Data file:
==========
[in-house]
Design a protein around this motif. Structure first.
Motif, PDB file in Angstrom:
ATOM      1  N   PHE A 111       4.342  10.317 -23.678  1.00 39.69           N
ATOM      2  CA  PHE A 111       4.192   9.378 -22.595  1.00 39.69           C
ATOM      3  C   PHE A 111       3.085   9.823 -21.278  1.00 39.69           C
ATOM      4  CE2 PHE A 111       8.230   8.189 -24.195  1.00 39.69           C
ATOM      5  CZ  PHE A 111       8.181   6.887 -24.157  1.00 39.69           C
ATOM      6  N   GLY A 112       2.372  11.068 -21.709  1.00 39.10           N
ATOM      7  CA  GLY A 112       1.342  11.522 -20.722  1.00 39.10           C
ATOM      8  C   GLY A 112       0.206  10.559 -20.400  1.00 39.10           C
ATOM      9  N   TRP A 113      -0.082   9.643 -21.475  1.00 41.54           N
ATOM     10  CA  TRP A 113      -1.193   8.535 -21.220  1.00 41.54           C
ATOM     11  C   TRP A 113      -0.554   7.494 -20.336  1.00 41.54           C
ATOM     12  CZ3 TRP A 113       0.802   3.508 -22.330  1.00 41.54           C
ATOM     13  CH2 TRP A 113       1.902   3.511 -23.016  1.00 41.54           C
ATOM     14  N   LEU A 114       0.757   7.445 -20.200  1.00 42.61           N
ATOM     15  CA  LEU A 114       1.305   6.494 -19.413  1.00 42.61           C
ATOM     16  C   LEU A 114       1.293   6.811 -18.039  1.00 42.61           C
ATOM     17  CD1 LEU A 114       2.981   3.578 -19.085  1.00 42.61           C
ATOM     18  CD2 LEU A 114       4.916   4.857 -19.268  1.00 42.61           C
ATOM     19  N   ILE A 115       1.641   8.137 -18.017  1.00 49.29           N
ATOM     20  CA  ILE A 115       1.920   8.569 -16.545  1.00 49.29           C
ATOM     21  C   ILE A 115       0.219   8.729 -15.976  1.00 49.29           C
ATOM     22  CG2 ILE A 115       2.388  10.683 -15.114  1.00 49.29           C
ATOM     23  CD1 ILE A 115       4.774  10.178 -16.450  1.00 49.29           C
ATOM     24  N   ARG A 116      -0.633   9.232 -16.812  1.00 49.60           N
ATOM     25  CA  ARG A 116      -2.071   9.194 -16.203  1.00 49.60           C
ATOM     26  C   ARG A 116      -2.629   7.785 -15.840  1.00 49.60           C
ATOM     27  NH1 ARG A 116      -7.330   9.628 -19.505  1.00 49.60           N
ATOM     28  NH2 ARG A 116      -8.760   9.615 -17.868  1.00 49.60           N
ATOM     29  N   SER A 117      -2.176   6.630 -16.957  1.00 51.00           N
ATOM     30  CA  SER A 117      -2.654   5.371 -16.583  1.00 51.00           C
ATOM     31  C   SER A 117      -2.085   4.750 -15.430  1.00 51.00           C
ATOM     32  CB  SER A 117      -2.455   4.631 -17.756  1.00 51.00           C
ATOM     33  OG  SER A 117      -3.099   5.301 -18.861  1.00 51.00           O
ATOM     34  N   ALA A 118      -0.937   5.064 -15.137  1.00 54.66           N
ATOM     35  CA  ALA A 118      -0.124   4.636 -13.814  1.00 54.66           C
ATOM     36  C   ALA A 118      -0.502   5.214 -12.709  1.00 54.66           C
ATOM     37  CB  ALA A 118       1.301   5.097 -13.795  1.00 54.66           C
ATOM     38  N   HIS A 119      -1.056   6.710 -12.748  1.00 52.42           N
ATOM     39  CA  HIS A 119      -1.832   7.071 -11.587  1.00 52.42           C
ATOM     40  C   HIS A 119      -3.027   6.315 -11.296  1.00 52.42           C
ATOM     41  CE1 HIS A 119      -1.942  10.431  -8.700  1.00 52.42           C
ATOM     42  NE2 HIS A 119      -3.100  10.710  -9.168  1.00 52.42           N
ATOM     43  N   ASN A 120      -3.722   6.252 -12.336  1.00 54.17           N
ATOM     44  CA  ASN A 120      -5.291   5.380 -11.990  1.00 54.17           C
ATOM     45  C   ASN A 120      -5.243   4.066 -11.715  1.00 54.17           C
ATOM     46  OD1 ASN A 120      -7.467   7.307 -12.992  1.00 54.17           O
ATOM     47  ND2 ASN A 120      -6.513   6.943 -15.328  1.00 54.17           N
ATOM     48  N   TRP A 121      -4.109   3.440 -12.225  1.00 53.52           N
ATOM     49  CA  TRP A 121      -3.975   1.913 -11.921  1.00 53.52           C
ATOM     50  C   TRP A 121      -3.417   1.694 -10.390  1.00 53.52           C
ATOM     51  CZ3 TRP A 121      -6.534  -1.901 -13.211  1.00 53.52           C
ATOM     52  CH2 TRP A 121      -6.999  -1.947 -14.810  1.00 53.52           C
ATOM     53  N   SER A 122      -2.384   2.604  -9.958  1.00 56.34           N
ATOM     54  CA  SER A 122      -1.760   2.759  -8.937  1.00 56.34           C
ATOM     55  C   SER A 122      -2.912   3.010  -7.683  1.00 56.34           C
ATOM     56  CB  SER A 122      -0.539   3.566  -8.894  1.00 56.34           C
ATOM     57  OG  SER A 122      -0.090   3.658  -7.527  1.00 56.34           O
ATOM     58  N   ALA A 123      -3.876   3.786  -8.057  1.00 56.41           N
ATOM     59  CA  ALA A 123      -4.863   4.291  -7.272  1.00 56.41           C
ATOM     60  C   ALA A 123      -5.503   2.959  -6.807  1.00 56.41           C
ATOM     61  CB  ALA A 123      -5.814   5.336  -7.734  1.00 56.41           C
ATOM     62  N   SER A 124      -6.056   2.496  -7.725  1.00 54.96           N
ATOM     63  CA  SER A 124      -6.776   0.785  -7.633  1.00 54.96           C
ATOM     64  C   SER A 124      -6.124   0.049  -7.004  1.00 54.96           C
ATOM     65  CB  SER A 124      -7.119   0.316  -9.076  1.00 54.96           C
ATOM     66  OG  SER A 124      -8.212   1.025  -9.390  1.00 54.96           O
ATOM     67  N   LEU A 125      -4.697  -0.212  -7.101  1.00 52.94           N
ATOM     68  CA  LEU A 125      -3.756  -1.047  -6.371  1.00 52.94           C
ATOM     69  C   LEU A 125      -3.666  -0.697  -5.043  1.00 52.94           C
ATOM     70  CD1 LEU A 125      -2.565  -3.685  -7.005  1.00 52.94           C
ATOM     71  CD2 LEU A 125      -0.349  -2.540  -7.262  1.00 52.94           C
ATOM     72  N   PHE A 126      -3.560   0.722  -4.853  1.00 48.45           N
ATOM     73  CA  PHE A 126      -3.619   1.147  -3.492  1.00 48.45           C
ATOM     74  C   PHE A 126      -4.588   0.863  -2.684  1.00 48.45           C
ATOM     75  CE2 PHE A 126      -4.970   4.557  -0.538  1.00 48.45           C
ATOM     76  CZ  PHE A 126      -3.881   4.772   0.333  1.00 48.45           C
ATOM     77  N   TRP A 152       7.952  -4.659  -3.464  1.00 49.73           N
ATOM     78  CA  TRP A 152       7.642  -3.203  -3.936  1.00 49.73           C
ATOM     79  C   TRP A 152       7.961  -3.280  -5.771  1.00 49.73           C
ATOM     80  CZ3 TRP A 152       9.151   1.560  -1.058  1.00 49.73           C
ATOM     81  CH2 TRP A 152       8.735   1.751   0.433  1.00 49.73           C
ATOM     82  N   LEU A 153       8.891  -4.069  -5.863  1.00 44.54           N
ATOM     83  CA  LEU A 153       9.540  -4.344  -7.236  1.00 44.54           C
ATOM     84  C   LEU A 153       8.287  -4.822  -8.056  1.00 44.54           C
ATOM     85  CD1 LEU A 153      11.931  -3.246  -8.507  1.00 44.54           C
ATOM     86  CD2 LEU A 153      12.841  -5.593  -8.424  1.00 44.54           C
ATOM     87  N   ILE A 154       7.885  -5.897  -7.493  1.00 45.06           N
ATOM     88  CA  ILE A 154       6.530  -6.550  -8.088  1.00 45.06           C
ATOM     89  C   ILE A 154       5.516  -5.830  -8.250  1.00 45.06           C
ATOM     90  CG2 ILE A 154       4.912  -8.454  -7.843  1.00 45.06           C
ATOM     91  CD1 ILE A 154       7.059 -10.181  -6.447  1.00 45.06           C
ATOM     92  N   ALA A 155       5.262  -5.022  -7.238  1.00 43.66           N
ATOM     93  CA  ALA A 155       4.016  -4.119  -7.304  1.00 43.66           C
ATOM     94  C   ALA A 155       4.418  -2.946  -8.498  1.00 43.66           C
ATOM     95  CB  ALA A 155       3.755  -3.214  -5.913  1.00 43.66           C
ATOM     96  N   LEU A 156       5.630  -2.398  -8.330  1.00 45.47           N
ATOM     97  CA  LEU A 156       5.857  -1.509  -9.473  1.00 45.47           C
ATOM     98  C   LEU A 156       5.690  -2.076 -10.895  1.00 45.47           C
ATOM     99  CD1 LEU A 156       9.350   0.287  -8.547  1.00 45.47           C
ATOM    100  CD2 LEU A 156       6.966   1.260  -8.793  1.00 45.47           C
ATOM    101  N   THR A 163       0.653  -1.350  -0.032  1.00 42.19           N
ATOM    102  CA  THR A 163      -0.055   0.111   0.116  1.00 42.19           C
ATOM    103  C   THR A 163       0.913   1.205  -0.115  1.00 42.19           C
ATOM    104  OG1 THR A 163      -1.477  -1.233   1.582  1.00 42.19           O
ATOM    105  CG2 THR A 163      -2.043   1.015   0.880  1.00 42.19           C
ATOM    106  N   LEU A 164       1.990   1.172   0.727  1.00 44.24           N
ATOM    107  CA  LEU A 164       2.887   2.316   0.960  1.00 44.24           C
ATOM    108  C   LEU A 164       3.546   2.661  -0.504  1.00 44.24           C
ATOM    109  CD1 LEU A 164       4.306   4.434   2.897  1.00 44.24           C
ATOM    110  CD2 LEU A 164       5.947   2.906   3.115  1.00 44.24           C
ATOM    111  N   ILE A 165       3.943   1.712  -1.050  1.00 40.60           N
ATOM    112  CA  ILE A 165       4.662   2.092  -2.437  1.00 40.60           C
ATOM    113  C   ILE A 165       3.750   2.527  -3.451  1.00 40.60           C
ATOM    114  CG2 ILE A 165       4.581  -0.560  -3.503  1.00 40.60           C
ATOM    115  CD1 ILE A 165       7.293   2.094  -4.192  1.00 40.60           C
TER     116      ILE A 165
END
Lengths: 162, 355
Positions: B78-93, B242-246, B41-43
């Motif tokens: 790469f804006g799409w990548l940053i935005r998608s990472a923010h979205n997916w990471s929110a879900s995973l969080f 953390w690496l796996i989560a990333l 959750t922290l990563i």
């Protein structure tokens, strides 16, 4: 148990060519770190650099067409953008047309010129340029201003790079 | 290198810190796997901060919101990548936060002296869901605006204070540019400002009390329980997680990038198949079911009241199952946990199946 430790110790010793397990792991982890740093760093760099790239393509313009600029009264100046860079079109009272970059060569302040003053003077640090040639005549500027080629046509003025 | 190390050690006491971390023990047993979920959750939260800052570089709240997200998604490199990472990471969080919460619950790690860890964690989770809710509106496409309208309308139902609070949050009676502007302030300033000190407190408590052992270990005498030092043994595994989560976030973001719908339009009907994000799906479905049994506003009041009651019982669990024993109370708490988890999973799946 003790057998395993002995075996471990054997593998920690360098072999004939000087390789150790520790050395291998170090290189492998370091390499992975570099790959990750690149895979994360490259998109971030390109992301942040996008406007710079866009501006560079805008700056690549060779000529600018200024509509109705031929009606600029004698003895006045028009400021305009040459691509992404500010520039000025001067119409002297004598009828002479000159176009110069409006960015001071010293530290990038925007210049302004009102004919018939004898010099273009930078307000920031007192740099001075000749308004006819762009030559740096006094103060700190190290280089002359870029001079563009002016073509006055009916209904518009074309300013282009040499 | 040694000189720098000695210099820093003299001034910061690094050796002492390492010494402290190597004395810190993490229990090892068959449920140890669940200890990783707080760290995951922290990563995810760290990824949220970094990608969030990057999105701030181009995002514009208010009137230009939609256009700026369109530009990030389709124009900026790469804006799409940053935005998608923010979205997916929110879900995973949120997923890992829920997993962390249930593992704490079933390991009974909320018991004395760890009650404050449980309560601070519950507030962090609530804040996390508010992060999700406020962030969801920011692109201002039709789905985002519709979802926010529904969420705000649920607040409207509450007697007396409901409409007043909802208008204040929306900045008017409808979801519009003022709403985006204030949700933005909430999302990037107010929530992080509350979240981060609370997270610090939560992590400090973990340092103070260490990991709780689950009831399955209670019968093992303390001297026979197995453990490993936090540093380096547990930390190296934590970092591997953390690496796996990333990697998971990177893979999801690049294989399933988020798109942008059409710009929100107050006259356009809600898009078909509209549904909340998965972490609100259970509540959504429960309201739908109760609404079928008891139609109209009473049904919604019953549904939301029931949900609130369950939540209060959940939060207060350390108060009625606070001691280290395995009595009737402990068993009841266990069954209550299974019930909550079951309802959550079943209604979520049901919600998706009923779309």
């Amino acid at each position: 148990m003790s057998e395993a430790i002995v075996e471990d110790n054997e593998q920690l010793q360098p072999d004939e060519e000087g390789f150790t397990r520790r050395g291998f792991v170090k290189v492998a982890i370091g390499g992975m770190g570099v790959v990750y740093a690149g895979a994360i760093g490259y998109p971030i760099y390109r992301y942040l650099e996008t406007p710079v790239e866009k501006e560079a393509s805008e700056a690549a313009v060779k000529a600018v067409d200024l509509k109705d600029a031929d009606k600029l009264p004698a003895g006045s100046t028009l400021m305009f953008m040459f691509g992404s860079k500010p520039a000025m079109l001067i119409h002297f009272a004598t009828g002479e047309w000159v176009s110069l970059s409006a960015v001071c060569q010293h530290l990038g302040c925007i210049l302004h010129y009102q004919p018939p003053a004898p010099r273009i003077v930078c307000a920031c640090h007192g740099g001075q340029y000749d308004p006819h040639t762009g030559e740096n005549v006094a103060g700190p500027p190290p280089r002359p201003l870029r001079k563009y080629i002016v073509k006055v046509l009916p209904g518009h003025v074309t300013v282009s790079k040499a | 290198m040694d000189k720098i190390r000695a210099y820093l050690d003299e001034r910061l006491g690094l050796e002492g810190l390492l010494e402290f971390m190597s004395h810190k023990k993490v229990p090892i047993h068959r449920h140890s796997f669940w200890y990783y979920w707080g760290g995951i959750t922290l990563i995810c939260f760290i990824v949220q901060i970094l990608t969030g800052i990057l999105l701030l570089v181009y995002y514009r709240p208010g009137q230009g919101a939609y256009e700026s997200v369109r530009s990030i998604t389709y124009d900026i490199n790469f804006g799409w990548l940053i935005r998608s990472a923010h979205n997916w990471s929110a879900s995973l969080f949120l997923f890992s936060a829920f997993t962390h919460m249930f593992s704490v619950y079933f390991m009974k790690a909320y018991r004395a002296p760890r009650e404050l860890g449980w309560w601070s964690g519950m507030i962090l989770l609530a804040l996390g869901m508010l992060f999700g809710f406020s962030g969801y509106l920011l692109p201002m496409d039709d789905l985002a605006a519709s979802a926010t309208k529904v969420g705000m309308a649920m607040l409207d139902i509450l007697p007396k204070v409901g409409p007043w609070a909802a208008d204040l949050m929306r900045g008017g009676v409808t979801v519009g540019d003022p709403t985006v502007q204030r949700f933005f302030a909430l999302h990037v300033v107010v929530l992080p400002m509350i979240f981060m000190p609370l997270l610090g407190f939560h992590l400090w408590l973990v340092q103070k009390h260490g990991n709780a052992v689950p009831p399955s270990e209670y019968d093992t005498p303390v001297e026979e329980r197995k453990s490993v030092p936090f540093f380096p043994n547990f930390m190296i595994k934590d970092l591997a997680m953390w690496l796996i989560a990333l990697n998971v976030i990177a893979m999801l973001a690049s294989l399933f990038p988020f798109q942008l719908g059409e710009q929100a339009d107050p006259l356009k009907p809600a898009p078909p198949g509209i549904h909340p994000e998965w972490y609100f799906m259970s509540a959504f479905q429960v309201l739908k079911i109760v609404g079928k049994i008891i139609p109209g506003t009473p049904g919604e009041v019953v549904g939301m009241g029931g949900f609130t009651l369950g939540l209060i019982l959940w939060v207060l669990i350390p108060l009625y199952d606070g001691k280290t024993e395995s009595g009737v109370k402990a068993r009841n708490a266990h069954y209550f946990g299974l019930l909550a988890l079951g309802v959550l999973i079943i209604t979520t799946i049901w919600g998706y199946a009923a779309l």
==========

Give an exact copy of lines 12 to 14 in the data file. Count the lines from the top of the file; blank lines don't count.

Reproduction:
ATOM      9  N   TRP A 113      -0.082   9.643 -21.475  1.00 41.54           N
ATOM     10  CA  TRP A 113      -1.193   8.535 -21.220  1.00 41.54           C
ATOM     11  C   TRP A 113      -0.554   7.494 -20.336  1.00 41.54           C